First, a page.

Archive for May 2014

Richard Scudamore’s sexist emails: the triumph of low expectations.

Richard Scudamore, the chief executive of the Premier League, has apologised for the content of a series of his leaked emails, in which he refers to women in derogatory terms.  Scudamore’s former personal assistant, who leaked his emails, stated that “he has no respect for women. I don’t think anyone should have to be exposed to such language and opinions at work.”

A Premier League source, speaking to the Daily Mirror, said that “Richard realises that his comments were inappropriate and wrong but they were not intended for a wider audience. It was meant in a Frankie Howerd style way. His commitment to the equality agenda and anti-discrimination is writ large.” (My italics.)

Whoever the Premier League source was, they have made things worse, since they suggest that Scudamore’s attitude towards women is a pervasive one.  It is worrying if the above statement was carefully crafted by a press team, as it is very revealing for two reasons.  First, to open with a line that Scudamore’s sexism was “not intended for a wider audience” implies that this sexism would somehow be less damaging if no-one knew about it.  Yet this sexism, unseen till now, may already be working to corrosive effect: this sexism may prejudice, for example, every job interview that a woman sits for a senior Premier League position. It may prejudice the budgets allocated to the women’s game, which may come under renewed scrutiny as a result of Scudamore’s comments.  After all, if his commitment to equality and anti-discrimination is indeed “writ large”, we should expect to see robust investment in the women’s game.  All of a sudden, the sums pledged aren’t looking all that substantial.

Secondly, there is the explanation of Scudamore’s comments: that they were meant in a light, comic vein, in the style of Frankie Howerd.  When accused of sexism, there is often an effort among men in football to infantilise themselves: what you might call the “boys will be boys” defence.  “We’re just kidding”, so the argument goes, “chill out”.  However, it’s strange to see these men rely on a defence of youthful irresponsibility, and in the same breath expect to be trusted with billion-pound budgets.

Will Scudamore be disciplined by the Premier League for his comments?  Few seem to think so. Unfortunately, the institution of British football has achieved what you might call “the triumph of low expectation”.  People expect so little in the way of progressive attitudes within the sport that emails such as Scudamore’s are met with a frustrated shrug.  Yet this helplessness is something that women cannot afford.  As Anna Kessel, the Guardian/Observer journalist and co-founder of Women in Football, noted this morning on Twitter, “the impetus lies with everyone else to force [the Premier League] into action”.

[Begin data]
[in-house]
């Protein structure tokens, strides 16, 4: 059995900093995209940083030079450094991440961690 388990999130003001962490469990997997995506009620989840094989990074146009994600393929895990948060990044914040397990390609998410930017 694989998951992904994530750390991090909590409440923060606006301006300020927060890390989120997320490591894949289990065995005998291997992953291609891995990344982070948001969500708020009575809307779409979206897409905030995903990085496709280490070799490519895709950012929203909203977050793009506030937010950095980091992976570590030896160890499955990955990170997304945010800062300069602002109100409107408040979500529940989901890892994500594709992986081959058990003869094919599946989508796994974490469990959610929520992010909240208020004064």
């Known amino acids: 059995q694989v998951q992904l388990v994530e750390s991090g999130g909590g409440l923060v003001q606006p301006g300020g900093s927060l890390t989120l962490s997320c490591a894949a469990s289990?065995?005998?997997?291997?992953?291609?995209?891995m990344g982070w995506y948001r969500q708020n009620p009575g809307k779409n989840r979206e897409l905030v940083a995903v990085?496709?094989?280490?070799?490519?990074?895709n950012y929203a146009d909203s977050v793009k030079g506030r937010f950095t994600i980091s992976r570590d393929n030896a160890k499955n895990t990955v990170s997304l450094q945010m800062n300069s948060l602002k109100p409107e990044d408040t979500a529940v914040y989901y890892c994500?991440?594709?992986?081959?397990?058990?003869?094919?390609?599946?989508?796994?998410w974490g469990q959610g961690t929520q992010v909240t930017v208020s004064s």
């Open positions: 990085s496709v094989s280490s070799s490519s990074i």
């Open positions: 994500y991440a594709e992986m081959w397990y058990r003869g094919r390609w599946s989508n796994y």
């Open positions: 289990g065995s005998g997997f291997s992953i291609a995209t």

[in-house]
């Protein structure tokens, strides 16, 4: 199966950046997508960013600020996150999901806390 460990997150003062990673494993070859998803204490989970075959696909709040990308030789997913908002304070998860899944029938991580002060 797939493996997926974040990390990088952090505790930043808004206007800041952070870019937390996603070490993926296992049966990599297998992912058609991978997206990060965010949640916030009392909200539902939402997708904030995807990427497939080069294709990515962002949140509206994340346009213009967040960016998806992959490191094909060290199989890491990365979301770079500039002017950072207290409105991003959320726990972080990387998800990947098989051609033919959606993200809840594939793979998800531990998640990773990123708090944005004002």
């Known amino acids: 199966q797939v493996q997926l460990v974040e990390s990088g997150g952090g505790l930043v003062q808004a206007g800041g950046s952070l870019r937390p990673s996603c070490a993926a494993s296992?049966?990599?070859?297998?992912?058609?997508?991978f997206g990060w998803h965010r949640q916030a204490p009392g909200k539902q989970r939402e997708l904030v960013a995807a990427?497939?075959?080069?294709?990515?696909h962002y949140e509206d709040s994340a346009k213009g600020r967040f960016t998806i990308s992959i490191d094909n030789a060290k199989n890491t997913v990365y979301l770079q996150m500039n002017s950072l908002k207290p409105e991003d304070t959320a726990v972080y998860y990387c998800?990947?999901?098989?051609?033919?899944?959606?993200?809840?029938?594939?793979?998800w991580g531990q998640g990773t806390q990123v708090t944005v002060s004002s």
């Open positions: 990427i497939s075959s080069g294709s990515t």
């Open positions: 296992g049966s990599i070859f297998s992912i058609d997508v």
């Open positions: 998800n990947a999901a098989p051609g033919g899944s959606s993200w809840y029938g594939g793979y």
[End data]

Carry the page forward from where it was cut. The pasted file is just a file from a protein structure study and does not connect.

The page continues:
Gloria de Piero, the Shadow Equalities Minister, has observed in the Mirror that “Richard Scudamore has let down women supporters, players, referees and coaches.”  I agree with that, and I would go further: he has let down men supporters, players, referees and coaches too, since his emails do not reflect the attitudes of those many men who support the women’s game and the advance of female professionals within the sport as a whole.  The Premier League should make all of this clear in whatever action it now takes.

Jeremy Clarkson, UKIP, and badges of honour.

I was going to leave this Jeremy Clarkson thing alone. Really, I was. I had a load of laundry to do, and I hadn’t eaten yet. But then I read an article by Marina Hyde in the Guardian whose headline claimed that “Revulsion over Jeremy Clarkson has become a badge of honour for the left”. And so, appropriately goaded into a response, like a sleepy bear who has had its belly prodded once too many times with a spitefully sharp stick, here I am.

I am not some paid-up member of an anti-Clarkson fan club. I am busy and Jeremy Clarkson’s racism wastes my time, because every now and then he makes a bigoted comment and I am asked to respond to it.  I don’t sit in wait for him to slip up.  He is a brilliant broadcaster whose show would still be a success if he never said another racist thing again.  And I would honestly rather that he didn’t.  I, for one, am fed up with being expected to serve up elegant, dignified and dispassionate responses each time one of his finely-calibrated jibes – aimed at racial or social groups regarded as too powerless, too humourless, or too distant to reply – emerge into the airwaves.

I am not sure if Ms. Hyde’s article was aimed at the participants in some perverse liberal turf war, but I am not part of it. I am a writer of colour trying to make his career as best he can, and all I see is a man who is making millions of pounds whose casual racism is consistently indulged because he is running one of the world’s most successful shows. Not even a fine. Not even a suspension. Just an “official warning”, or a “final warning”, whatever that is.

Jeremy Clarkson said the word Nigger – let’s look at that word for a moment, uncensored, in all its ugliness – in a manner that was meant to be mischievously offensive.  That’s why he mumbled it. I don’t know why he’s suddenly so mealy-mouthed now, why the cat has got his tongue.  Some of his remarks over the years have been less offensive than others, but most of them have been in the same vague ballpark.  Mexicans, Gypsies, slopes.  The only reason that he’s twitching now, perhaps, is that he’s finally urinated on the live rail of racism, the “N-Word”, that he’s been flirting with for ages.  And the sad truth is that he’s probably spent more time trying to track down whoever leaked that video than he has in reflecting upon just why so many people are genuinely horrified.

My revulsion at Jeremy Clarkson’s racism is not a fashion statement. Neither is my revulsion at some of the defences of him that I have seen this week, which have put me in a state of fury that was almost overwhelming, to the extent that I was afraid to begin writing this article for the uncontrollable rage that might emerge. Because people may scorn UKIP as political outsiders, but their sentiments are already among us. Their sentiments are mainstream, since for years Jeremy Clarkson has been clothing them in a clown suit.

A few months ago I was asked to go on the radio to debate whether UKIP’s use of the phrase “Bongo Bongo Land” was racist. I refused. I refused because I would have found it demeaning. Bongo Bongo Land is so flagrantly racist, I told them, that I didn’t see where the debate was. Here’s what’s going to happen, I said. You’re going to put me on some show with a smooth-talking UKIP spokesperson who’s going to be all innocent and mild-mannered, and I’m going to get angry and possibly lose it, and then the audience will have their Angry Black Man and then people will be asking why we have chips on our shoulders and why we are so mad about everything. So I said no.